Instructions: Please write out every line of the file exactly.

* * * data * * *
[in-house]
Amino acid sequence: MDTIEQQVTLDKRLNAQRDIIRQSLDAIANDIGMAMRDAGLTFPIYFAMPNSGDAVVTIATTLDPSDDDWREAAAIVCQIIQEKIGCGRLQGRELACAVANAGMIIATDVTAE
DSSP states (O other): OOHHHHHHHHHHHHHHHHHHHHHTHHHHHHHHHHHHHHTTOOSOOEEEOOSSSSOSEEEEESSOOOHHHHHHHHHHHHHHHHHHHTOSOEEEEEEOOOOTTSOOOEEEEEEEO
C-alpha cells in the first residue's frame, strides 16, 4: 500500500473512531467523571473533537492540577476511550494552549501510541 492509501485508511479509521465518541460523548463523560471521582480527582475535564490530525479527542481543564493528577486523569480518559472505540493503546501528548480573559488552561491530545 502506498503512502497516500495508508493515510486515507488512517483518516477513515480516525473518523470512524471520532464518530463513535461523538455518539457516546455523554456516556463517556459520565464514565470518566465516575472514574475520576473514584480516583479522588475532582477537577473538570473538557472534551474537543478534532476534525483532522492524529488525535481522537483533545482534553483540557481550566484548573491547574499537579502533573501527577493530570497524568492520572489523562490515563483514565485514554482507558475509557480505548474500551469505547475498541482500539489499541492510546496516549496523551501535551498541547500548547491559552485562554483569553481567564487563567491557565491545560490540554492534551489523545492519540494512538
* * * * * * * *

[in-house]
Amino acid sequence: MDTIEQQVTLDKRLNAQRDIIRQSLDAIANDIGMAMRDAGLTFPIYFAMPNSGDAVVTIATTLDPSDDDWREAAAIVCQIIQEKIGCGRLQGRELACAVANAGMIIATDVTAE
DSSP states (O other): OOHHHHHHHHHHHHHHHHHHHHHTHHHHHHHHHHHHHHTTOOSOOEEEOOSSSSOSEEEEESSOOOHHHHHHHHHHHHHHHHHHHTOSOEEEEEEOOOOTTSOOOEEEEEEEO
C-alpha cells in the first residue's frame, strides 16, 4: 500500500473512531467523571473533537492540577476511550494552549501510541 492509501485508511479509521465518541460523548463523560471521582480527582475535564490530525479527542481543564493528577486523569480518559472505540493503546501528548480573559488552561491530545 502506498503512502497516500495508508493515510486515507488512517483518516477513515480516525473518523470512524471520532464518530463513535461523538455518539457516546455523554456516556463517556459520565464514565470518566465516575472514574475520576473514584480516583479522588475532582477537577473538570473538557472534551474537543478534532476534525483532522492524529488525535481522537483533545482534553483540557481550566484548573491547574499537579502533573501527577493530570497524568492520572489523562490515563483514565485514554482507558475509557480505548474500551469505547475498541482500539489499541492510546496516549496523551501535551498541547500548547491559552485562554483569553481567564487563567491557565491545560490540554492534551489523545492519540494512538